Often preconceived as lazy and uninspiring, Traub uses this Minimalist ploy and reinvigorates it with motion and action. From a quick flip through this publication, one may infer that Italians dressed exclusively in primary colors. A bevy of young boys who grip the side of a dingy in Naples are literally swimming in blue. Beautiful ladies in yellow dresses abound, and entire red ensembles can be found outside bars and beside water banks. This serves predominantly as slapstick comedy, confirming that Europeans adore dressing in head-to-toe color, rather than a serendipitous indication that everyone is on the same page.
Traveling around a somewhat dangerous country (at the time) requires a flexibility and humor that seeps out of Traub's imagery. Little old ladies near Milan are perhaps the most metropolitan individuals in the book, toting cameras that they flip on him. The elderly hold court or mirror Traub's enthusiasm for observing their precocious surroundings. They exude quiet pride and interest in his photographing them. He does not pit old versus young but rather male versus female with his photographs.
Although several predictable glamour shots of stunning women shopping or smoking occupy the pages, the females he captures have a general disinterest in being photographed. The men, on the other hand, exude vanity and skepticism simultaneously. Be it pride or suspicion, there are several street scenes where a single male can be found peering directly into Traub's soul out of the corner of his eye. In a moment where national wealth facilitated the torturing of political and innocent natives, these side glances express a healthy suspicion of documentation.
Despite the authority of the men in the primes of their lives and a cavalier confidence among the youth, the men no doubt encapsulate a sensuality that trumps that of the ladies. Traub certainly appreciates the curvature of the female form, in several shots seen from behind as they bend over toward itchy ankles, but the men are effortlessly seductive. The sway of an older man's hips peering across the bridges in Florence, the shirtless men fresh off the beach, the teen boys in Speedos— all are worthy competition for the glorified Venus.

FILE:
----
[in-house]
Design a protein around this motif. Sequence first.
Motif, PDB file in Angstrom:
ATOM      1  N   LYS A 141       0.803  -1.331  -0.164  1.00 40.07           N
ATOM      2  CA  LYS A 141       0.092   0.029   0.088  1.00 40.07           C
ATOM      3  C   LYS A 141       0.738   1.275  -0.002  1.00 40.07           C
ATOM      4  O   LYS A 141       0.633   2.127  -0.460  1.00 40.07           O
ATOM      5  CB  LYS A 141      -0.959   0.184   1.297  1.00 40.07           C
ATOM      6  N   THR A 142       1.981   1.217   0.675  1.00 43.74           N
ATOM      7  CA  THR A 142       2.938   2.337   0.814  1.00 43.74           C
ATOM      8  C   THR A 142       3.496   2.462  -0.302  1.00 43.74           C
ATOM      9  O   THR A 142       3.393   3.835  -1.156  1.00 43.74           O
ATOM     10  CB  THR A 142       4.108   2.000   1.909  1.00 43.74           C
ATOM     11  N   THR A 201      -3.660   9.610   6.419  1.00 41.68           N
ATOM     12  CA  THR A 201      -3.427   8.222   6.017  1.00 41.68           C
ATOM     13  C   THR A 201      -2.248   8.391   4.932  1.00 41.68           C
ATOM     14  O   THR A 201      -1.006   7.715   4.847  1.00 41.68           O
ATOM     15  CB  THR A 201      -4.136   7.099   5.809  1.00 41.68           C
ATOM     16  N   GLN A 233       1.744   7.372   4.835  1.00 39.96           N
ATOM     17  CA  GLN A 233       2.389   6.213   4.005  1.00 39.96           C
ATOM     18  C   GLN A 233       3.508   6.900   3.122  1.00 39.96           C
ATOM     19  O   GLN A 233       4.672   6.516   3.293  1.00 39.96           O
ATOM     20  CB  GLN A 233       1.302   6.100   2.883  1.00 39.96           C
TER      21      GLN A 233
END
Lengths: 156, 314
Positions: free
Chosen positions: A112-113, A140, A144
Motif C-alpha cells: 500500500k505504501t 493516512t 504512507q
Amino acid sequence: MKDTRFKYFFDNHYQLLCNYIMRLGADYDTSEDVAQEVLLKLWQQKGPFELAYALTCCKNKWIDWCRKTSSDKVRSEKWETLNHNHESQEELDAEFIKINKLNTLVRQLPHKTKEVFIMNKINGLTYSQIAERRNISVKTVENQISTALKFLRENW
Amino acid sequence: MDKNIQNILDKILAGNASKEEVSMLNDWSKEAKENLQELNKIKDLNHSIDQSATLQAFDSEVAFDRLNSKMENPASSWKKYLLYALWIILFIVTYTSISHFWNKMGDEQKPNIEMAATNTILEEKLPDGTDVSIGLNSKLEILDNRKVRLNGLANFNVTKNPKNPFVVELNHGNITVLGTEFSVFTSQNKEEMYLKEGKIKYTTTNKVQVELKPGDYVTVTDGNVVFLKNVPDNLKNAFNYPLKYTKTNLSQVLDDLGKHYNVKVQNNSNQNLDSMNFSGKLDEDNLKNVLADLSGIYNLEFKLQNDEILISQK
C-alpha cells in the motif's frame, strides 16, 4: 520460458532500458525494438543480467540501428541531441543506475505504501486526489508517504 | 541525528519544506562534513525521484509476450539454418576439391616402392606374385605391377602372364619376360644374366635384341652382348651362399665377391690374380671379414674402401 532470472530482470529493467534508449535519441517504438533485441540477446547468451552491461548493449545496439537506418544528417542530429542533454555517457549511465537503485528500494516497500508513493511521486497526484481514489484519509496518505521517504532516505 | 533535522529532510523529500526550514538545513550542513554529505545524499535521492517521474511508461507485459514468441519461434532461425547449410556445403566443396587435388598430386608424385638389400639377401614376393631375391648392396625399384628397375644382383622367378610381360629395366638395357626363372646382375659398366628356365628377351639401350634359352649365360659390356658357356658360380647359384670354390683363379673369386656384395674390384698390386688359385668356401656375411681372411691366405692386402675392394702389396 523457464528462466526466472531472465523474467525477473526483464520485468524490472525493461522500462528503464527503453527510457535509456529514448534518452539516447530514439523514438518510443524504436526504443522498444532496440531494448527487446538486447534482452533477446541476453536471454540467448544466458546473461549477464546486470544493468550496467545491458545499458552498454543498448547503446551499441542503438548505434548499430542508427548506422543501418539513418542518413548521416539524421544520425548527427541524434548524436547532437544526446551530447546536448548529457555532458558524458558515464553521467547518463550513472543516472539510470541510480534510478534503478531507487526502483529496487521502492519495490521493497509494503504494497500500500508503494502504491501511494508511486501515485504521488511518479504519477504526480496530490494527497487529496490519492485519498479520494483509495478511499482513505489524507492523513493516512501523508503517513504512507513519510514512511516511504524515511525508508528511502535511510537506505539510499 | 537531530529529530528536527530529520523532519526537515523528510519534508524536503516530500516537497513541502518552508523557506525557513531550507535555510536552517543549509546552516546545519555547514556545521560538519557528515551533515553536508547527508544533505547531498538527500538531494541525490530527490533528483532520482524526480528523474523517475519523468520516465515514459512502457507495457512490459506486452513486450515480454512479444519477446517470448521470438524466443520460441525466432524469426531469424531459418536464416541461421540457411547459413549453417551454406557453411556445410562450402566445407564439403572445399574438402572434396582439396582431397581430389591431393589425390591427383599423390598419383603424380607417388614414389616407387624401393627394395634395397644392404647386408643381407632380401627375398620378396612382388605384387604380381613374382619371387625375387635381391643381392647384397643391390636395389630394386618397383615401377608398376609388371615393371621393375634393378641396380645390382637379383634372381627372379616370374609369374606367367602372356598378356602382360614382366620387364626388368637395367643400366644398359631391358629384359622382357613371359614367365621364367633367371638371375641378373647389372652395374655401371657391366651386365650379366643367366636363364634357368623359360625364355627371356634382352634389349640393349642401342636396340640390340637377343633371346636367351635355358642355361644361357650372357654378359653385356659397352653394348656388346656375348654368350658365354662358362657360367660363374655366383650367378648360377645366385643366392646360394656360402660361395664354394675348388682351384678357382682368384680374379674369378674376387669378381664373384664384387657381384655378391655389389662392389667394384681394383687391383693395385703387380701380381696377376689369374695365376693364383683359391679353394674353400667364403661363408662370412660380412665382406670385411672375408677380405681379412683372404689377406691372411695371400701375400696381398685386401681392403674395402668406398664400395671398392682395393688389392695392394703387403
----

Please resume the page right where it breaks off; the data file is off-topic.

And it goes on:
Traub's strongest work in this series focuses on continence, on how people hold themselves. The necessary mentions of consumerism and economic cash-cow tourist centers are as boring as the filler romantic shots. They feel as drab as his interest in capturing them. One can see, however, that the young are adapting to these toxins and redefining themselves as such.
By placing importance on body language rather than traditional portraiture for this series, Traub emphasizes the national evolution in collective consciousness rather than fetishizing horror stories or fabricated projections. He captures the dynamics of a nation struggling to reclaim its sanity that cannot help but covet the glamour of the past. Like the individuals that hold his fascination, however, sometimes not knowing all the details makes something more desirable than anything else.